“Obviously it’s been tough for me and my teammates,” Williams said of all the losing this season. “It’s been a rough season. But you know mentally I just try to stay positive go out every night and play hard and try to make the best of the season. We’re trying to get double-digit wins right now and not even just double-digit wins, we’re trying to win every game left we play.”
The Bobcats are currently 7-50 on the year.
Six of their remaining nine games are against teams jockeying for playoff position (Miami, Boston, Chicago, Memphis, Orlando and New York).
According to Williams, the Bobcats are looking to play the role of spoiler.
Tom Benson, New Owner Of New Orleans Hornets: New Orleans Saints owner Tom Benson is expected to be announced as the new owner of the New Orleans Saints sometime today.
The league and Benson reached a tentative financial agreement on the purchase early Friday.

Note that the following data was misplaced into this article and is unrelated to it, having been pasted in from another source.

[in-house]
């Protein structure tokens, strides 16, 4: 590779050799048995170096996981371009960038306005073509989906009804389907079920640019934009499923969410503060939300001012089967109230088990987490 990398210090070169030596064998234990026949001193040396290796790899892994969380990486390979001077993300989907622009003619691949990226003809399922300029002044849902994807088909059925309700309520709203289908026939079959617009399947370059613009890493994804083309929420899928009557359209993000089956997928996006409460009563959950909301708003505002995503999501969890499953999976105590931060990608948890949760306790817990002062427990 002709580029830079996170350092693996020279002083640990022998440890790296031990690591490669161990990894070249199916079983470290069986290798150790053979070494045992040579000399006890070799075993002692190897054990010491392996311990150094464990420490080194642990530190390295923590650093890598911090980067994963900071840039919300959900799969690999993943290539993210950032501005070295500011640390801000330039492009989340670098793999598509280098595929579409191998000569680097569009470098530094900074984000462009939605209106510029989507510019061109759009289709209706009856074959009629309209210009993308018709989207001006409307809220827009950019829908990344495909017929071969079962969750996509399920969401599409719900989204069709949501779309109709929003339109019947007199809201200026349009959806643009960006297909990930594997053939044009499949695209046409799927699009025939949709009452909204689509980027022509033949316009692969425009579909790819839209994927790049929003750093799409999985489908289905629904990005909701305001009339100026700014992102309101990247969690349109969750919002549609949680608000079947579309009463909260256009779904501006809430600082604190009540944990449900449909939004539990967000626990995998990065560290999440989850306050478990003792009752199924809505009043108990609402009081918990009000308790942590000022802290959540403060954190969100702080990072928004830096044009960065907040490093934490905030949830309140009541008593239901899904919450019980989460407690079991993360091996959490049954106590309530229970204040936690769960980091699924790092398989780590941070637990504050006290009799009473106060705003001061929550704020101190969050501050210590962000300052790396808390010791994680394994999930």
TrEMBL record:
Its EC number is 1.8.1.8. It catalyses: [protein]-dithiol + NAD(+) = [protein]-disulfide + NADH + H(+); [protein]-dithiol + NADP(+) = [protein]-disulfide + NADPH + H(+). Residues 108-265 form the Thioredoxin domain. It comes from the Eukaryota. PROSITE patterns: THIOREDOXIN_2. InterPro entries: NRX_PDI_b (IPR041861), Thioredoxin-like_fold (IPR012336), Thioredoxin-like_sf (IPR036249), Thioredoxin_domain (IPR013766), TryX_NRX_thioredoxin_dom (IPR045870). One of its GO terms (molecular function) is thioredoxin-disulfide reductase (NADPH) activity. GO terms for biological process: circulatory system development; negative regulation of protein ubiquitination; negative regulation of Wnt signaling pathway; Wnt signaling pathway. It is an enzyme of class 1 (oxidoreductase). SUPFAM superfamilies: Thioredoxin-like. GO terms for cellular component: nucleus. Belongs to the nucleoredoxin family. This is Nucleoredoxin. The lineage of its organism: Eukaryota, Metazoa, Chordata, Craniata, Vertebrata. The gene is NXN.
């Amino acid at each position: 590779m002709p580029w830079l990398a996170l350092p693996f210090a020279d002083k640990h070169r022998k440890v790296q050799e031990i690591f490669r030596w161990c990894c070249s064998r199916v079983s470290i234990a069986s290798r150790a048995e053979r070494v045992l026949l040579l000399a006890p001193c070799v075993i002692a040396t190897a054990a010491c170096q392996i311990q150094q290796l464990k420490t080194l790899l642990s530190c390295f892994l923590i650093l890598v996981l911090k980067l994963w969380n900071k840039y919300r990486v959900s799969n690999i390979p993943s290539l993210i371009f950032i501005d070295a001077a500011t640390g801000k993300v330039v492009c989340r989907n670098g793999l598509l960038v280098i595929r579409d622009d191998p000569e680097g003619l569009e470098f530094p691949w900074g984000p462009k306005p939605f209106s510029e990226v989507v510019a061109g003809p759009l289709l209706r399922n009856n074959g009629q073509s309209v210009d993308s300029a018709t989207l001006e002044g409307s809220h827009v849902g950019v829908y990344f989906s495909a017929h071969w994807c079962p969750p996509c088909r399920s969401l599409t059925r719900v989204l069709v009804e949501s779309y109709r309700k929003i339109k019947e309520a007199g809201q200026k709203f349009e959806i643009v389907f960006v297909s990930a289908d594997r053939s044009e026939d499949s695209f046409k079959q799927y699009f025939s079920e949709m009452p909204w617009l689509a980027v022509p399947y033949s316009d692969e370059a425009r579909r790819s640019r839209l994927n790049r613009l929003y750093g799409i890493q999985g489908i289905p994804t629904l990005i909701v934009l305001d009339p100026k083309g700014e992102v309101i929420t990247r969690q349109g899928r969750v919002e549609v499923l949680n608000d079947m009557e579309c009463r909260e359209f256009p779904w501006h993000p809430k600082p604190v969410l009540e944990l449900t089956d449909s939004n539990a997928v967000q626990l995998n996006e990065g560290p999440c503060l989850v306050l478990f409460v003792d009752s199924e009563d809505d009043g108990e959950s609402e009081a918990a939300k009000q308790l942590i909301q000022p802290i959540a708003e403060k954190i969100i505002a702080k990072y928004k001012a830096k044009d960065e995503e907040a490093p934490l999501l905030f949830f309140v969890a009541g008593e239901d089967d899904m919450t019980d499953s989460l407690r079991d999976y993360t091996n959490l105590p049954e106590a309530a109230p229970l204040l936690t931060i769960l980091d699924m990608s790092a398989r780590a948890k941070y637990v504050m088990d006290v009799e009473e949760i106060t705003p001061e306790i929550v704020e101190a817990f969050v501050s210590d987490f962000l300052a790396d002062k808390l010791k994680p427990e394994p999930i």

Benson will own 100 percent of the team.
According to sources the purchase price will be $338 million.
The NBA purchased the Hornets for $318 million last year.
Benson is said to have beat out an investment team led by businessman Raj Bhatal, former NBA coach Mike Dunleavy Sr. and former Hornets minority owner Gary Chouest.
More on the story to come as it develops.
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NBA Chats: There was one NBA chat today with Yannis Koutroupis who dropped his weekly chat at 11am EST. Yannis serves as a Senior NBA Writer and the College Basketball Editor for HOOPSWORLD. You can always find the next upcoming chat here: Upcoming NBA Chats or if you are looking for a chat that already completed try here: Previous NBA Chats